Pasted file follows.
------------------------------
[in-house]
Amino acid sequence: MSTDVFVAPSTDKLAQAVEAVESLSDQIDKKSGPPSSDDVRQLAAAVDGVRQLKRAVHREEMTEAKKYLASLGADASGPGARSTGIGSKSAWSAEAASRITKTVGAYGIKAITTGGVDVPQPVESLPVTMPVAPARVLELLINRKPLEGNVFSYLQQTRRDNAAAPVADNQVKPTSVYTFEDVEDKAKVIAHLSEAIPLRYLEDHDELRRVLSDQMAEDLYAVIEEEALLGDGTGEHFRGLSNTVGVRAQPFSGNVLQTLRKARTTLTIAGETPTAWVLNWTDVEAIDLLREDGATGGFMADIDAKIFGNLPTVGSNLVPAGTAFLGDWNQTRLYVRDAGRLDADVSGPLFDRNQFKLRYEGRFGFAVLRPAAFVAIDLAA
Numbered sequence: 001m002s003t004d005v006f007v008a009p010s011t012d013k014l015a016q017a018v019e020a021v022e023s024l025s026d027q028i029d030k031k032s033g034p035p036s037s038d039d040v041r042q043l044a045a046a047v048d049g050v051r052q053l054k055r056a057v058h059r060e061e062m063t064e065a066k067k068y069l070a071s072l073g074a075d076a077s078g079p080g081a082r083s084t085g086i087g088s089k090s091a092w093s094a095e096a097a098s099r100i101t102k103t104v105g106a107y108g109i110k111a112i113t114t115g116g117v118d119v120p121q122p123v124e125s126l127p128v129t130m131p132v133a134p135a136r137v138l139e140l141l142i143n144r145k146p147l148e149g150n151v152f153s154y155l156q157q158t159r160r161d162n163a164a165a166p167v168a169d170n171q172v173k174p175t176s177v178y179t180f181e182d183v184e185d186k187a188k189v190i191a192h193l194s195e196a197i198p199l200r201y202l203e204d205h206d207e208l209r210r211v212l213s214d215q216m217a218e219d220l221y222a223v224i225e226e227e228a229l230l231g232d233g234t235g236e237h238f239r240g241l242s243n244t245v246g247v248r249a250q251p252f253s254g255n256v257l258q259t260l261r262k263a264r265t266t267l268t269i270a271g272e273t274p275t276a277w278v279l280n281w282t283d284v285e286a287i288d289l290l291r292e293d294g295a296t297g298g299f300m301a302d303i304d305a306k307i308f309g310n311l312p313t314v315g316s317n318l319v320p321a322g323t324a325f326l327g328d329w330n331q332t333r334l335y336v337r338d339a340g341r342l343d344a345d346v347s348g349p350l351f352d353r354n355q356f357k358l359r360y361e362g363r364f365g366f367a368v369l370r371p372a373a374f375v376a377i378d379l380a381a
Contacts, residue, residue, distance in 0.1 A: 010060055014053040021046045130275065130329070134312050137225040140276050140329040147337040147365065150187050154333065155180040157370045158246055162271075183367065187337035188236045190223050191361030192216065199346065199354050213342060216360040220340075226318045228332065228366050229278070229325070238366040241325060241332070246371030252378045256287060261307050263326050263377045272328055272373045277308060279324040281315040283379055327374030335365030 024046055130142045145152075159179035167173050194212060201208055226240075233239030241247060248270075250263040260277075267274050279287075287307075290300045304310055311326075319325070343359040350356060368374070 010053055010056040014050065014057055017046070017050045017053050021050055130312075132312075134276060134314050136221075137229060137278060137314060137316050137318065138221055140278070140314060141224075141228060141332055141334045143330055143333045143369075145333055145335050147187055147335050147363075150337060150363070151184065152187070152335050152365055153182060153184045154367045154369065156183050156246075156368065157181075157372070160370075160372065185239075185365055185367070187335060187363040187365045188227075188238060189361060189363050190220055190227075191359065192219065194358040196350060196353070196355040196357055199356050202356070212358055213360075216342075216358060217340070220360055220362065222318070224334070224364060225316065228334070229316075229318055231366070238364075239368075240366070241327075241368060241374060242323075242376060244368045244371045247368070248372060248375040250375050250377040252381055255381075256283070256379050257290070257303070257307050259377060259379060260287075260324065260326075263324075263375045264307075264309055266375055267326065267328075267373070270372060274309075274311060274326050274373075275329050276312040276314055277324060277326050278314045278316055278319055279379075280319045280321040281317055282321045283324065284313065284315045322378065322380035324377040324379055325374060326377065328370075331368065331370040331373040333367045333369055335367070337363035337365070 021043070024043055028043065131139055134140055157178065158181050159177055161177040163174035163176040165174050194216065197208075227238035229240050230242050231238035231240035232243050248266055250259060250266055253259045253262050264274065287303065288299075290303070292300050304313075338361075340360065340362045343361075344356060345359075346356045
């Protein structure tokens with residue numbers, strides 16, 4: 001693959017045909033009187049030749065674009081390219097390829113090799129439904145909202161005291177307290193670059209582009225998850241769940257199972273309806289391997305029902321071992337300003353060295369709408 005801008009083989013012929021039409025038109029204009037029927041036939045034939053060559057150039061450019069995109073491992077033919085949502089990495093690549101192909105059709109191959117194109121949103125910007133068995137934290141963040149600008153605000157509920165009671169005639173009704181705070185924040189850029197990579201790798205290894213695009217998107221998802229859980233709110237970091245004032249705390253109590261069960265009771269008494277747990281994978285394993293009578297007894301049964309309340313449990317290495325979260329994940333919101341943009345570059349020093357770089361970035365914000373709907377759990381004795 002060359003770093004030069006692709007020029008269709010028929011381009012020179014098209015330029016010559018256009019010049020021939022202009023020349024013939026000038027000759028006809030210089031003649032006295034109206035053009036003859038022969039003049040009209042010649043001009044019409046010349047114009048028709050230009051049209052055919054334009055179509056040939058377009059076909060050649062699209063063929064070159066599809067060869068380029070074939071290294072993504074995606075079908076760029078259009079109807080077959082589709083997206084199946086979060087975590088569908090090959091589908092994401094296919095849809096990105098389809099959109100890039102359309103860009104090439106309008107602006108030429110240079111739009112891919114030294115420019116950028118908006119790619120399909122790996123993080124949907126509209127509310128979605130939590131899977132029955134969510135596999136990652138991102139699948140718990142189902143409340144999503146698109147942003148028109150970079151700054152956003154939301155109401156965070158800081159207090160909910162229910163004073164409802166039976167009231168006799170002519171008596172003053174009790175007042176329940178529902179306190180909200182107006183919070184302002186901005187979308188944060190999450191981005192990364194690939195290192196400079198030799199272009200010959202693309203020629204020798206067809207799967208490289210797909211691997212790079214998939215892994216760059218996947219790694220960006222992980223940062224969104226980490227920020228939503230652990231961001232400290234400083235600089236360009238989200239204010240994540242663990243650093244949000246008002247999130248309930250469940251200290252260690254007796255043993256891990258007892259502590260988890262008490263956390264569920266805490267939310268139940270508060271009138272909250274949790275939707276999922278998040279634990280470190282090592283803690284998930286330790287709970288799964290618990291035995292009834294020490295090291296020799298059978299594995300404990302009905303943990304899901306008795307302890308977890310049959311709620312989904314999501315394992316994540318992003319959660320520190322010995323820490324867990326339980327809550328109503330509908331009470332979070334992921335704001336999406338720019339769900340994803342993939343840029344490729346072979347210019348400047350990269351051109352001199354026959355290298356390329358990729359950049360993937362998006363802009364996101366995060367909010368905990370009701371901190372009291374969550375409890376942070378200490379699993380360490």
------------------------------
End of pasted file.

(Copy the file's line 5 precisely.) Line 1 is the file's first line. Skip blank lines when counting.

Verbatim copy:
């Protein structure tokens with residue numbers, strides 16, 4: 001693959017045909033009187049030749065674009081390219097390829113090799129439904145909202161005291177307290193670059209582009225998850241769940257199972273309806289391997305029902321071992337300003353060295369709408 005801008009083989013012929021039409025038109029204009037029927041036939045034939053060559057150039061450019069995109073491992077033919085949502089990495093690549101192909105059709109191959117194109121949103125910007133068995137934290141963040149600008153605000157509920165009671169005639173009704181705070185924040189850029197990579201790798205290894213695009217998107221998802229859980233709110237970091245004032249705390253109590261069960265009771269008494277747990281994978285394993293009578297007894301049964309309340313449990317290495325979260329994940333919101341943009345570059349020093357770089361970035365914000373709907377759990381004795 002060359003770093004030069006692709007020029008269709010028929011381009012020179014098209015330029016010559018256009019010049020021939022202009023020349024013939026000038027000759028006809030210089031003649032006295034109206035053009036003859038022969039003049040009209042010649043001009044019409046010349047114009048028709050230009051049209052055919054334009055179509056040939058377009059076909060050649062699209063063929064070159066599809067060869068380029070074939071290294072993504074995606075079908076760029078259009079109807080077959082589709083997206084199946086979060087975590088569908090090959091589908092994401094296919095849809096990105098389809099959109100890039102359309103860009104090439106309008107602006108030429110240079111739009112891919114030294115420019116950028118908006119790619120399909122790996123993080124949907126509209127509310128979605130939590131899977132029955134969510135596999136990652138991102139699948140718990142189902143409340144999503146698109147942003148028109150970079151700054152956003154939301155109401156965070158800081159207090160909910162229910163004073164409802166039976167009231168006799170002519171008596172003053174009790175007042176329940178529902179306190180909200182107006183919070184302002186901005187979308188944060190999450191981005192990364194690939195290192196400079198030799199272009200010959202693309203020629204020798206067809207799967208490289210797909211691997212790079214998939215892994216760059218996947219790694220960006222992980223940062224969104226980490227920020228939503230652990231961001232400290234400083235600089236360009238989200239204010240994540242663990243650093244949000246008002247999130248309930250469940251200290252260690254007796255043993256891990258007892259502590260988890262008490263956390264569920266805490267939310268139940270508060271009138272909250274949790275939707276999922278998040279634990280470190282090592283803690284998930286330790287709970288799964290618990291035995292009834294020490295090291296020799298059978299594995300404990302009905303943990304899901306008795307302890308977890310049959311709620312989904314999501315394992316994540318992003319959660320520190322010995323820490324867990326339980327809550328109503330509908331009470332979070334992921335704001336999406338720019339769900340994803342993939343840029344490729346072979347210019348400047350990269351051109352001199354026959355290298356390329358990729359950049360993937362998006363802009364996101366995060367909010368905990370009701371901190372009291374969550375409890376942070378200490379699993380360490």